A Bigger Splash: the only way is Hockney

31st January 2012

BFI Video has this week released Jack Hazan’s 1974 feature about David Hockney and his circle, A Bigger Splash. Available as a dual format DVD and Blu-ray, this fascinating and complex film has never looked better, not least because Hazan returned to a 35mm CRI for a new digital transfer. The timing is good too, for this study of life, love and sex among the Hockney set of the early seventies offers a very different picture of our ‘national treasure’ from the persona conjured up by the current Royal Academy show. The BFI has done an exemplary job with the release, as is pin-pointed by Anthony Neild’s thoughtful discussion at The Digital Fix. Included on the discs are two other shorts about Hockney – Love’s Presentation by James Scott, made in 1966, and David Pearce’s Portrait of David Hockney, 1972 – to which I’ll return in a future post. Meanwhile, included below is an extract from my essay commissioned for the booklet accompanying the BFI release.

The cast [of A Bigger Splash], who are billed as such in the film’s opening credits, include – in addition to Hockney, Schlesinger and Clark – designer, model and Mrs Clark, Celia Birtwell; art dealer John Kasmin, whose legendary New Bond Street gallery closes at the conclusion of the film; curator and critic Henry Geldzahler; Hockney’s loyal and lonely assistant Mo McDermott; and a number of beautiful boys known to the title sequence only by their Christian names. Jack Hazan, working as both director and director of photography, filmed these and others on and off across three years from 1971 to 1973.

To hear Hockney tell it, he drifted into the film with no sense of what it would eventually become. At first, he rebuffed Hazan’s approaches, but the director was persistent and he turned up for the first shoot with a small camera, modest lights and only two assistants. ‘Well, this will be slightly out of focus,’ Hockney thought, as he later recalled to Christopher Simon Sykes, ‘and it will play one or two nights at the Academy Cinema in Oxford Street with the Polish version of Hamlet, and then it’ll be gone.’ The words speak of an age of pre-celebrity culture innocence.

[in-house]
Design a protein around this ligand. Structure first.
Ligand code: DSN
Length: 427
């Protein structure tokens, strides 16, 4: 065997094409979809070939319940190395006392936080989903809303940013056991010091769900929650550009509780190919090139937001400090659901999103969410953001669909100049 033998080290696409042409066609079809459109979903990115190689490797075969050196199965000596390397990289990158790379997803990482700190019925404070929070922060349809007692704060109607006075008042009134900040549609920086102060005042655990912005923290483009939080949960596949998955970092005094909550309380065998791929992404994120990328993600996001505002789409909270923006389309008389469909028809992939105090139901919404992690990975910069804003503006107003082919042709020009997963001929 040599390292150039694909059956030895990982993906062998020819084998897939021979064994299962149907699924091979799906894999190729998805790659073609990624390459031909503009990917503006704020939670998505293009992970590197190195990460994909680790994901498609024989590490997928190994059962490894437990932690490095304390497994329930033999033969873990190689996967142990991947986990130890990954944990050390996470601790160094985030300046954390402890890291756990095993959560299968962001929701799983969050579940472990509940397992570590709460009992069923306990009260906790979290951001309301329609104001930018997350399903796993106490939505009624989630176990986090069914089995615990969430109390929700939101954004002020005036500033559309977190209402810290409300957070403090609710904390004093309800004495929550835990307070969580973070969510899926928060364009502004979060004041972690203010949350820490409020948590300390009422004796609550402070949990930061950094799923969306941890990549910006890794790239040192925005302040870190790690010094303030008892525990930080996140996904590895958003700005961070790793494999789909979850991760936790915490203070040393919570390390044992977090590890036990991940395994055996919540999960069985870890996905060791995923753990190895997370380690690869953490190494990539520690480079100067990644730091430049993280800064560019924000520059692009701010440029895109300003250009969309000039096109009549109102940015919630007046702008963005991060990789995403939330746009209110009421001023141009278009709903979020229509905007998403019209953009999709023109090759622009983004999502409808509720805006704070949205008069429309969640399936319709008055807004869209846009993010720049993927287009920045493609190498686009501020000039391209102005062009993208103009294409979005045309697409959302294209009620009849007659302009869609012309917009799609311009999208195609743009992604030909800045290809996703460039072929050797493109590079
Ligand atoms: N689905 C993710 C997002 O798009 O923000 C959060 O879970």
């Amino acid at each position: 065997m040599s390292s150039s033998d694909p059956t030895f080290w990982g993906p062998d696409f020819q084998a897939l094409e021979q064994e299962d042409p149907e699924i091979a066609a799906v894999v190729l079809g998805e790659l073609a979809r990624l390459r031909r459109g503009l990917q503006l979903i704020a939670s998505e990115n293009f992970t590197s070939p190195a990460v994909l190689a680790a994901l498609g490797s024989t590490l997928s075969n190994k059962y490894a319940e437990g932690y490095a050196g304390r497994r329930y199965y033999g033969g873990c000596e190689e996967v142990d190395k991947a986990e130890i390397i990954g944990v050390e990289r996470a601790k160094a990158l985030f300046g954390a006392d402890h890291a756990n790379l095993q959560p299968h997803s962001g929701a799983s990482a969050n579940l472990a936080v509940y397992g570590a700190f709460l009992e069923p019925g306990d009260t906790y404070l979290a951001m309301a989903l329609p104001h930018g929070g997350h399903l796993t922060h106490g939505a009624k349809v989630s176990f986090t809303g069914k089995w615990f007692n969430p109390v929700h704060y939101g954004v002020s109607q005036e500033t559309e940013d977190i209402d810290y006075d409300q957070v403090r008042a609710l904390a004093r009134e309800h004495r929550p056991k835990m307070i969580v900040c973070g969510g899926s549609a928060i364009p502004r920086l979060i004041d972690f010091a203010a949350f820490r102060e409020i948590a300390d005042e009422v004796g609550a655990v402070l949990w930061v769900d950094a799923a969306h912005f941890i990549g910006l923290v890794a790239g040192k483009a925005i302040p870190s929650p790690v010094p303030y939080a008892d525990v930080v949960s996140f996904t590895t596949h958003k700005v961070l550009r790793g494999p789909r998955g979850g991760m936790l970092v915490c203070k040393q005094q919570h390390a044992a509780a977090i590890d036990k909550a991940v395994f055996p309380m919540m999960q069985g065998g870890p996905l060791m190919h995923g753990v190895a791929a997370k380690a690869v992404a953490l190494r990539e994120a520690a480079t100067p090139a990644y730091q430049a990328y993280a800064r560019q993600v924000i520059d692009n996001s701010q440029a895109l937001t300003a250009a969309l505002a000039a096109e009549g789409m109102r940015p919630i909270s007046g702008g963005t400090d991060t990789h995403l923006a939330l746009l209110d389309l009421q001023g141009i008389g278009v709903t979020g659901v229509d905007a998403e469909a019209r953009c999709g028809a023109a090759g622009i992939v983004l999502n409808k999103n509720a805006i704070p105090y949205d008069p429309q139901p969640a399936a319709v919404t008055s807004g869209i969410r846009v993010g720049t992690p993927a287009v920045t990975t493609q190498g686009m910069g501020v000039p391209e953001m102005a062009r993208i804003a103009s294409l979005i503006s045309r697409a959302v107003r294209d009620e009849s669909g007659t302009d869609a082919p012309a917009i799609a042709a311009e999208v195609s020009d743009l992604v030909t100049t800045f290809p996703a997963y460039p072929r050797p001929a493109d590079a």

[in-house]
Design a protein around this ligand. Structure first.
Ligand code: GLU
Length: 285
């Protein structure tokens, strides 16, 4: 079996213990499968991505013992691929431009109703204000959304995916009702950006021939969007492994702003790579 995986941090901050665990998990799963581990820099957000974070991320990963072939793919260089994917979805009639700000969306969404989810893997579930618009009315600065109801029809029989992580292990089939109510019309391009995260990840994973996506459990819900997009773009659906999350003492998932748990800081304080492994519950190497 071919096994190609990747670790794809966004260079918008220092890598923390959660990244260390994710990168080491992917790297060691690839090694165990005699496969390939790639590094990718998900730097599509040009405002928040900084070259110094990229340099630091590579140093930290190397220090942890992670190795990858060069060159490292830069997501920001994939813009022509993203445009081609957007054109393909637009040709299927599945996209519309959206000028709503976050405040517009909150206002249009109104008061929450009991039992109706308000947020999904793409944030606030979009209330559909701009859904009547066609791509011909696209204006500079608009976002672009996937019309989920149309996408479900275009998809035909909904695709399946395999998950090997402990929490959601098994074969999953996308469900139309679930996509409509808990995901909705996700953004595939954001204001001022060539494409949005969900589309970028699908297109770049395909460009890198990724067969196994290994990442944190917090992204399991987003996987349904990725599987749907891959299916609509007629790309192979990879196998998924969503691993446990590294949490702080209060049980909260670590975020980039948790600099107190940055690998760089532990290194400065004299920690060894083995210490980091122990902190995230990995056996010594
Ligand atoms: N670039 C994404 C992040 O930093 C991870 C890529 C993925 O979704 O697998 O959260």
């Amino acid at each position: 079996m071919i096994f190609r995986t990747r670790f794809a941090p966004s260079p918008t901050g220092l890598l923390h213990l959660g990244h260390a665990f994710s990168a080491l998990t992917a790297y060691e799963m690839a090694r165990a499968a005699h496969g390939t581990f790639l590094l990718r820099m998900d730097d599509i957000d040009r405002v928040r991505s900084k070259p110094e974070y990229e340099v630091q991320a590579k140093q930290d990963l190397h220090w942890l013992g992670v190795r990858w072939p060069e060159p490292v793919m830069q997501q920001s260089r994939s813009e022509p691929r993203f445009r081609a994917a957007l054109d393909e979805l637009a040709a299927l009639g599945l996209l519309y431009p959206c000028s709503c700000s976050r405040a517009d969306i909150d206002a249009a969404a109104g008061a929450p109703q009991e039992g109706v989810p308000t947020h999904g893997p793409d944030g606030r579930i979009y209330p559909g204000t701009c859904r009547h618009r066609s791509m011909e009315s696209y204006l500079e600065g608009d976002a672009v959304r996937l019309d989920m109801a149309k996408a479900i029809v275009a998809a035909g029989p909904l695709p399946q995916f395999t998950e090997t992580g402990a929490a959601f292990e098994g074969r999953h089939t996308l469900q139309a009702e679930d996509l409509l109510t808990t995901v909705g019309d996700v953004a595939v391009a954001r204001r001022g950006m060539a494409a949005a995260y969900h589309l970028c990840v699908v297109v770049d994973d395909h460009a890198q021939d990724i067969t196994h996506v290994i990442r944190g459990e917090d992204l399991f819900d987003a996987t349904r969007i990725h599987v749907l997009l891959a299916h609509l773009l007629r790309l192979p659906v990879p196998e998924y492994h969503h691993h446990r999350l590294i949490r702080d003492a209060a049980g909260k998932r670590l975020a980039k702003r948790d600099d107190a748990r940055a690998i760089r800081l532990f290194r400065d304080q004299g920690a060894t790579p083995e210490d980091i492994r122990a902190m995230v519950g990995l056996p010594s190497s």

Hazan and his partner David Mingay, who is credited as film editor and co-writer, began with little sense of what they might eventually achieve, although Mingay early on saw that the emotional centre of the film should be Hockney working through the aftermath of his break-up with Peter Schlesinger. Filming sessions with Hockney were haphazard, but Hazan discovered an ally in Mo McDermott, who was happier to expose his life and longings. Schlesinger, too, was reluctant to appear, although he participated more fully once Hazan had agreed to pay him. And indeed, the ostensible subject of A Bigger Splash, David Hockney, is less prominent in the film than either McDermott or Schlesinger.

Nor is A Bigger Splash much concerned with the process of painting, although there are insights – often almost tangential – into Hockney’s working methods, such as the way in which he lays out a grid of photographic studies for the second version of Portrait of an Artist (Pool with Two Figures) (1972). The collaged photo-works of the later 1970s are in embryo here. At the centre of the film is the creation of this painting, which features Schlesinger, wearing a pink jacket, standing by the side of a poll staring into the water at a boy swimming under the surface. A mood of distance and dis-connection dominates, as it does in much of the film. Yet both Hazan and Hockney have acknowledged that the scene in which the artist takes a knife to the first version of the canvas is an embellished reconstruction of actual events. Hockney has also been clear that he didn’t employ for this painting (although he has for others) the projector known as an epidiascope that we see McDermott using…

What, then, is ‘true’ in the film? ‘Each scene was devised,’ Jack Hazan said in the 2006 video interview included on the BFI’s DVD and Blu-ray release of A Bigger Splash. ‘There’s very little there that’s observation.’ ‘It was never going to be a documentary,’ Hazan has acknowledged elsewhere, ‘There was always an intention to be a fictional feature film based on the scene that surrounded David. Some of it was invented, but the scenes that were invented mirrored what actually happened.’ Some thirty-five years on, the film appears as a precursor to the structured reality television series like The Hills and Laguna Beach: The Real Orange County from the United States, and the home-grown The Only Way is Essex and Made in Chelsea.

… and here’s a rather wonderful (and bonkers) period trailer recently posted to YouTube by BFI:

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